Brogo Permaculture Gardens:
In the Summer of 2012 I had the privilege of working with John Champagne, Aaron Sorenson and Todd Cleary at Brogo Permaculture Gardens hosting a Food Forest Workshop. I was very excited for this project as Todd is a permaculture earthmover and we were going to be building some swales and benches in a gully formally covered in blackberry and turn it into a productive edible landscape.
With the help of John’s knowledge of the site after developing it as a permaculture site for 15yrs I developed a zone and sector map of the site. Brogo is on the south coast of Australia but inland by about 40kms. It gets frosts in winter and the soils are decomposing granite meaning that water and nutrients don’t stay in the soil for long. An interesting aspect of the Forest Garden site is that one slope faces North East and the otehr South West. The North East slope gets lots of sun in the summer making it a dry land type of habitat while the other slope is in shade in the morning and doesn’t get much direct sun meaning it holds more water. This slope is subtropical and had volunteer tamarilos popping up.
After John worked to clear the blackberry over December and January the course was ready to begin. John´s plan is to obtain a yield to sell at the thriving South Coast Producers Markets and to Restaurants in the area using the fantastic south east food website
Todd and Aaron arrived from Wollongong and we started surveying the site in detail. Finding the keypoints of the gully to incorporate into the swale and bench design so as to catch and store water during the dry summers and also to harvest water from the driveway using the culverts and lastly to develop a contour access track from the shade house to the site to avoid having to walk up and down the slope.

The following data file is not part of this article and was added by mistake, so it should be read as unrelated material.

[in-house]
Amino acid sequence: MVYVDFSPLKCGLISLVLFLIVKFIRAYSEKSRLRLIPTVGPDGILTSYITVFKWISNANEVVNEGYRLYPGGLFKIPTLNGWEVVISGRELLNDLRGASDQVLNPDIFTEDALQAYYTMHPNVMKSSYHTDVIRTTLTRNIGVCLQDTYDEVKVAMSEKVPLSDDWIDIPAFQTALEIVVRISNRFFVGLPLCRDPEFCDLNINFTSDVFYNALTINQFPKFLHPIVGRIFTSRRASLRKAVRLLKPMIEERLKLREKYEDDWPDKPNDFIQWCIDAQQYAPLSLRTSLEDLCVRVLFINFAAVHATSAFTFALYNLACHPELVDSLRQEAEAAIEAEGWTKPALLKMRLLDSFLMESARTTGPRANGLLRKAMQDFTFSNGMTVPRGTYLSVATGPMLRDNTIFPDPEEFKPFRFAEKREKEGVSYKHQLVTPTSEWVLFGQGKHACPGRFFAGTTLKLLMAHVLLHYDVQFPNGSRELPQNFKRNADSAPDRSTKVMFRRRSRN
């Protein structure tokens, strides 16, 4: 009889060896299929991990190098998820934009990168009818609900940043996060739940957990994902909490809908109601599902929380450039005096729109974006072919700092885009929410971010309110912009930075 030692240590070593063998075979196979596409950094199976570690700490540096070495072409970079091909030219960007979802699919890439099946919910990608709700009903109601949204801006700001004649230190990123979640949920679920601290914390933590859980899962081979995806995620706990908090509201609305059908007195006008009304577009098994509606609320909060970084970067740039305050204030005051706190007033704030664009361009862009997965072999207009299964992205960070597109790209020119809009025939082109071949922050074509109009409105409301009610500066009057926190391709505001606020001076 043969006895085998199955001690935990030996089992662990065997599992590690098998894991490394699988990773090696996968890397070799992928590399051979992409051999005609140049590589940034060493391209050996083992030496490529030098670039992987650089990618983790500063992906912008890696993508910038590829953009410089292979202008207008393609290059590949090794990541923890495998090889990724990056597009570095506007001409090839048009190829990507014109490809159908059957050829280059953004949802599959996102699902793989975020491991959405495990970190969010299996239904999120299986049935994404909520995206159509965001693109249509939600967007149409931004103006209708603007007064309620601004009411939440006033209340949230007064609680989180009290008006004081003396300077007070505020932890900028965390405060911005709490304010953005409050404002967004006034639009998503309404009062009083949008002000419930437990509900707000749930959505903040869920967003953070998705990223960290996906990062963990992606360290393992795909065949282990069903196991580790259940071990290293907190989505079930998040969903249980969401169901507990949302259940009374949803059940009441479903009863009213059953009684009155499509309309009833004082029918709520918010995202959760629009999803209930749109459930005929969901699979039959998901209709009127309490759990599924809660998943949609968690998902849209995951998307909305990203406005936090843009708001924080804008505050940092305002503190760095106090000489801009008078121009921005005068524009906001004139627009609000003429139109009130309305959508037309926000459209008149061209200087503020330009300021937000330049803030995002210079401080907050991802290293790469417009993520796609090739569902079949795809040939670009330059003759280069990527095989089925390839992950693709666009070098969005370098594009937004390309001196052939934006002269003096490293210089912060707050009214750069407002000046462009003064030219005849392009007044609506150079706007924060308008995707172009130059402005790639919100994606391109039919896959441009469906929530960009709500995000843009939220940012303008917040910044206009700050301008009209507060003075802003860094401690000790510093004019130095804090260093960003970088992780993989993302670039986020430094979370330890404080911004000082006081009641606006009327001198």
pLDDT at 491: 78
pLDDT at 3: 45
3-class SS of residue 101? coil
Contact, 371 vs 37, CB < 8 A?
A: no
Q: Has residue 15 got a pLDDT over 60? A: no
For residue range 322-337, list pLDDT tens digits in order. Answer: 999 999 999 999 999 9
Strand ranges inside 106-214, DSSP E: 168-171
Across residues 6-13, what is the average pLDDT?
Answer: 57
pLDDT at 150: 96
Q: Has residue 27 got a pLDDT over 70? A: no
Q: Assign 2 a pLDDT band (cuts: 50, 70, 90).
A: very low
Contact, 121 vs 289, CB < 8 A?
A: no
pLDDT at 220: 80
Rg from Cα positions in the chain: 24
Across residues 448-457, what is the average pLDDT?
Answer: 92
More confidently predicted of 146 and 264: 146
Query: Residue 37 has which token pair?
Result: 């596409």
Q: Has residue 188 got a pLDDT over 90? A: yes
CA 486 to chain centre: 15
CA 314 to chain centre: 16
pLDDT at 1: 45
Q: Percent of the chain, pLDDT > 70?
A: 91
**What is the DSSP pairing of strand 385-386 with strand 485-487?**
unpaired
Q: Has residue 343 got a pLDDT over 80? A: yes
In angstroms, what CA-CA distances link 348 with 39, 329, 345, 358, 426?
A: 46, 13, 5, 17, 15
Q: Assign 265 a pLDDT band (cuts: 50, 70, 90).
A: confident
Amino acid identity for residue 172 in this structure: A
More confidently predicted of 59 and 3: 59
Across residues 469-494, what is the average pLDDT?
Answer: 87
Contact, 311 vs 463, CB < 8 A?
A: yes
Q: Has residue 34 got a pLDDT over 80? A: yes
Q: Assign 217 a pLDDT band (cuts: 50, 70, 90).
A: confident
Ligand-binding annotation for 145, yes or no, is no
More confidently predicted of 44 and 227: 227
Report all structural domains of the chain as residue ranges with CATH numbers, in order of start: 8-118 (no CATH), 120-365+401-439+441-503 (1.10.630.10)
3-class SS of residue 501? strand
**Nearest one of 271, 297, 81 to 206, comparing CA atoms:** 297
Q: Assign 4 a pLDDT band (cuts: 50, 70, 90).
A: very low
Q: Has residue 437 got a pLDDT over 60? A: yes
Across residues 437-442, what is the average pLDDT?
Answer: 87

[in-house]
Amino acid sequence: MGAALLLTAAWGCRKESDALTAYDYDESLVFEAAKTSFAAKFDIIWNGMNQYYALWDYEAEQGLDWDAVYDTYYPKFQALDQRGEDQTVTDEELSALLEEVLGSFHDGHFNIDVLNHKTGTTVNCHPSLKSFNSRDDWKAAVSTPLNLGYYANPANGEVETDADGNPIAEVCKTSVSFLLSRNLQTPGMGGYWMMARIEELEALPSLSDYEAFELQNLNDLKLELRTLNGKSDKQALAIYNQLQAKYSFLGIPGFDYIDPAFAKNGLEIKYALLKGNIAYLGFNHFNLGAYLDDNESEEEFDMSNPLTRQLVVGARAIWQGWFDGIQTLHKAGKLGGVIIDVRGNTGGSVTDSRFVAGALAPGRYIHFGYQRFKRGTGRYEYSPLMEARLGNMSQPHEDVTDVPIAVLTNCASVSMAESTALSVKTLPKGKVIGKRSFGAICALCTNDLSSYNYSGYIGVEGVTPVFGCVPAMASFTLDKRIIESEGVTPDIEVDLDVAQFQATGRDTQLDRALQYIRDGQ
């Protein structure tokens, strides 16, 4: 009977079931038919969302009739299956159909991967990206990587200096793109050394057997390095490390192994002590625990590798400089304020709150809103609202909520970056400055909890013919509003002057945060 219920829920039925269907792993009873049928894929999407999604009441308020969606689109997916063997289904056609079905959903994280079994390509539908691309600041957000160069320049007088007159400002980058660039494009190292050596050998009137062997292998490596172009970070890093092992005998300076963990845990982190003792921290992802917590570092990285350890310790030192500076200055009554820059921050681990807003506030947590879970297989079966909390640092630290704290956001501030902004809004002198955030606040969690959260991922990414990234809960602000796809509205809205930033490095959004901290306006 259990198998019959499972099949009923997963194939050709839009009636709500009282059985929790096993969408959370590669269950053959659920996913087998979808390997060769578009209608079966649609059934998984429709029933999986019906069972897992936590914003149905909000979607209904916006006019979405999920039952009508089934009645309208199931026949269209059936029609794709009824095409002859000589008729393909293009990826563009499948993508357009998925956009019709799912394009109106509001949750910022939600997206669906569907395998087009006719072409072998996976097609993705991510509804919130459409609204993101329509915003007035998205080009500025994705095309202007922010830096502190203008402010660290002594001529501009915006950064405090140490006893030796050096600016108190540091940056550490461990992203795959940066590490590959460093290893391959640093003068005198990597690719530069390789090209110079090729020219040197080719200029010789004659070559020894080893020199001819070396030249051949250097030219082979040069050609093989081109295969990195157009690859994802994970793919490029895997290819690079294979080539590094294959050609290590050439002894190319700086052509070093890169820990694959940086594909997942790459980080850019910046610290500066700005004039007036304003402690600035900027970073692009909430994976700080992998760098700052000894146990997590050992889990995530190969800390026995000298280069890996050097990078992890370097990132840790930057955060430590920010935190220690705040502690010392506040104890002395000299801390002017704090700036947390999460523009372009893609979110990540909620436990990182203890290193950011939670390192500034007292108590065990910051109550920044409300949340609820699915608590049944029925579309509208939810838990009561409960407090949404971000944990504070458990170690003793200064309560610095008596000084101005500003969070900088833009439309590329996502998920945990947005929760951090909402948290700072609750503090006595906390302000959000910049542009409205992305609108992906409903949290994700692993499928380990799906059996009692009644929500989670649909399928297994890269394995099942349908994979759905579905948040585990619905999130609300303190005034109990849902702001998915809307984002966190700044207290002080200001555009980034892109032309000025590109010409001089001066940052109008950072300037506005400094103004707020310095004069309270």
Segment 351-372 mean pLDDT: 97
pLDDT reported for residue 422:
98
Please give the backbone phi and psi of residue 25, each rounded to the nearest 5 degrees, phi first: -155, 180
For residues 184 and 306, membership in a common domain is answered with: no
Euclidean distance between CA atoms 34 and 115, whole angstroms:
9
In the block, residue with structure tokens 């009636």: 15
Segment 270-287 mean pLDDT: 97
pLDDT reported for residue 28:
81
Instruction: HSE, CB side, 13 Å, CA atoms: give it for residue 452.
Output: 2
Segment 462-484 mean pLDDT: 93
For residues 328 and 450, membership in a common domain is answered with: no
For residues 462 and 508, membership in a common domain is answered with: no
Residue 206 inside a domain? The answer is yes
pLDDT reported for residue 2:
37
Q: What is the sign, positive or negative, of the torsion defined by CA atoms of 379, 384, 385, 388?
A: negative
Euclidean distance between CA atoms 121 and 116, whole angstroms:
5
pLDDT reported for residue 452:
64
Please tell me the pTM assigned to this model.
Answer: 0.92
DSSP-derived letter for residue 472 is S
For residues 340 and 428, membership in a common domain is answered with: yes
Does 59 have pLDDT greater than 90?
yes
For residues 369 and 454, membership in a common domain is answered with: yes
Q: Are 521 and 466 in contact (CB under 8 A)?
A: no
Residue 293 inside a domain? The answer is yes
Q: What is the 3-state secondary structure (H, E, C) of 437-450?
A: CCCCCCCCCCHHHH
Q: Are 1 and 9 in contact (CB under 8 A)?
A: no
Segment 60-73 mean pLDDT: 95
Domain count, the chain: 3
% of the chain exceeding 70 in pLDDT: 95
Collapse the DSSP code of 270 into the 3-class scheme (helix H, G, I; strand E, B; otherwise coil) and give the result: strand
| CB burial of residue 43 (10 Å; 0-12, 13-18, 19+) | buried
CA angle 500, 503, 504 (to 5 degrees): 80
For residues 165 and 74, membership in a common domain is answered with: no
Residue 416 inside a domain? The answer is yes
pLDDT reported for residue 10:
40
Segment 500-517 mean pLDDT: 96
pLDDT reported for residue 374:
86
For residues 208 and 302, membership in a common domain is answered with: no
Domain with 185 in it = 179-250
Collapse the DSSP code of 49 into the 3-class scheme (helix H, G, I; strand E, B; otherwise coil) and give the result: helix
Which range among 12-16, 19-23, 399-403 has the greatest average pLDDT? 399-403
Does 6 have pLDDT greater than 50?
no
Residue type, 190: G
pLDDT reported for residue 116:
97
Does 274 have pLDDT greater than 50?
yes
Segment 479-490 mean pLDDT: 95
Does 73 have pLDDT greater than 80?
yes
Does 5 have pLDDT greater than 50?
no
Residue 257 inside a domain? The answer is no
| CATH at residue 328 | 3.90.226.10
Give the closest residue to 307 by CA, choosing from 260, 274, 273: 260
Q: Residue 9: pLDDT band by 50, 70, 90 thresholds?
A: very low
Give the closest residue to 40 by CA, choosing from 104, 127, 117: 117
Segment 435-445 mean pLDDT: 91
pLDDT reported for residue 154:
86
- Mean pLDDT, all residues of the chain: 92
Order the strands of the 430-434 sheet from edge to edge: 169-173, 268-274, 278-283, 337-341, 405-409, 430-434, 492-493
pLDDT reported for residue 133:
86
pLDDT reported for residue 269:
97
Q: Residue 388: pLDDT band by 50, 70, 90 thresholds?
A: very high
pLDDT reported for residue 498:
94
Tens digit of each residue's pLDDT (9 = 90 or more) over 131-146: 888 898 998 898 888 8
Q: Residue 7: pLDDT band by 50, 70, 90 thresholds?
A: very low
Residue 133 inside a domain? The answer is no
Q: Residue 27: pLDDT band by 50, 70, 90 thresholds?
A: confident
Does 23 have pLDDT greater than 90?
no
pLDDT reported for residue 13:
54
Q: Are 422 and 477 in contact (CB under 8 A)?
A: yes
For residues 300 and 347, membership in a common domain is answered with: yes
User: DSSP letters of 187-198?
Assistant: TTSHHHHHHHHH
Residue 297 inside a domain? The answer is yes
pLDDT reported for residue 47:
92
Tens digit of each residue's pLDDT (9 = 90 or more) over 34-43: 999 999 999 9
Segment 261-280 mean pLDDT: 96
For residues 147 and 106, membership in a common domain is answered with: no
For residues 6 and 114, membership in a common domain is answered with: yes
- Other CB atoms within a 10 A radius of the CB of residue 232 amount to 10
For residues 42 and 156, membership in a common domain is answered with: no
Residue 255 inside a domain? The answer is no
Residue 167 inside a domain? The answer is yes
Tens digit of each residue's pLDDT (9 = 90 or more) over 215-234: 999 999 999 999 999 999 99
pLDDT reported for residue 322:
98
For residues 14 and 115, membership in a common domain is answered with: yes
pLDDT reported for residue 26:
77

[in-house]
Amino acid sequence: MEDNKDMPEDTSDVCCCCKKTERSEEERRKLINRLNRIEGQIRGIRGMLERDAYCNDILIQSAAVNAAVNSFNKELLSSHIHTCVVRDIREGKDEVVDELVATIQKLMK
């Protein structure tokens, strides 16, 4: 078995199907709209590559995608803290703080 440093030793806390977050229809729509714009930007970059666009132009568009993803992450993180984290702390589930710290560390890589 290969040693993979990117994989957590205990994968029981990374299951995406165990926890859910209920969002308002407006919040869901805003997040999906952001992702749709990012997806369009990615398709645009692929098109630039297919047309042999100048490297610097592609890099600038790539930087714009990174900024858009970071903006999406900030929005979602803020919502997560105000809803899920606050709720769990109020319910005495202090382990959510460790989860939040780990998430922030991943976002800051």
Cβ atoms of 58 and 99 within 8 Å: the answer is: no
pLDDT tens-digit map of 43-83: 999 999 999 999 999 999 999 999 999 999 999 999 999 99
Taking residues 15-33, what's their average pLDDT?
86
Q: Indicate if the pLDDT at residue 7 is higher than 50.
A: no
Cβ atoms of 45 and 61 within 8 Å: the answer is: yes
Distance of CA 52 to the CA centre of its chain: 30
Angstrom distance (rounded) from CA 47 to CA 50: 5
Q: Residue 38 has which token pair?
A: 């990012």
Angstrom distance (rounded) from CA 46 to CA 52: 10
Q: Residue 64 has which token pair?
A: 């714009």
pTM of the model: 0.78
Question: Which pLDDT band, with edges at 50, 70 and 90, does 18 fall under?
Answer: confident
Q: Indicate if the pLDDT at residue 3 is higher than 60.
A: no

With the site surveyed Todd started on the top swale and also gave us all a lesson in the importance of raking and leveling the swale mound as you go. I learned heaps about working with machinery operators during these six days thanks to Todd’s expertise
The students arrived the following day and were treated to a great mix of Food Forest info. There was heaps of knowledge in the room between John’s experience at Brogo and Aaron’s excellent work in school and community gardens in Wollongong and my work at Milkwood.
After a brief on Food Forest theory we went out for some observation and design work. By the end of the first day the students were helping to form the top swale and survey the site as well as plant bamboo and vetiver grass on the disturbed soil to catch the nutrients and prevent erosion.
In the second day of the course the students were treated to site tours of Brogo permaculture gardens and of another former student of John’s who had started a forest garden. That afternoon Todd completed the first of two benches below the swale. These were on contour and 3m wide to enable access to harvest the fruits of the forest.
This forest garden was to have a relay planting pattern, first pioneer herbs and trees would go in to hold the soil, catch nutrients and grow a micro-climate. Afterwards the productive trees and shrubs would go in to produce a yeild. Avocados were to be the cash crop in the sub-tropical section and carob in the dryland patch.
By the end of the third day we had the main-frame of the site in place and students were sowing a mix of pioneer herbs by seed and also planting divisions of comfrey, vetiver, yarrow and other dynamic accumulators around the site.
Now I’m itching to get back to brogo to check out how the site is going. After the course we had heaps of rain and everything took off. Looking forward to the next course at Brogo Permaculture Gardens.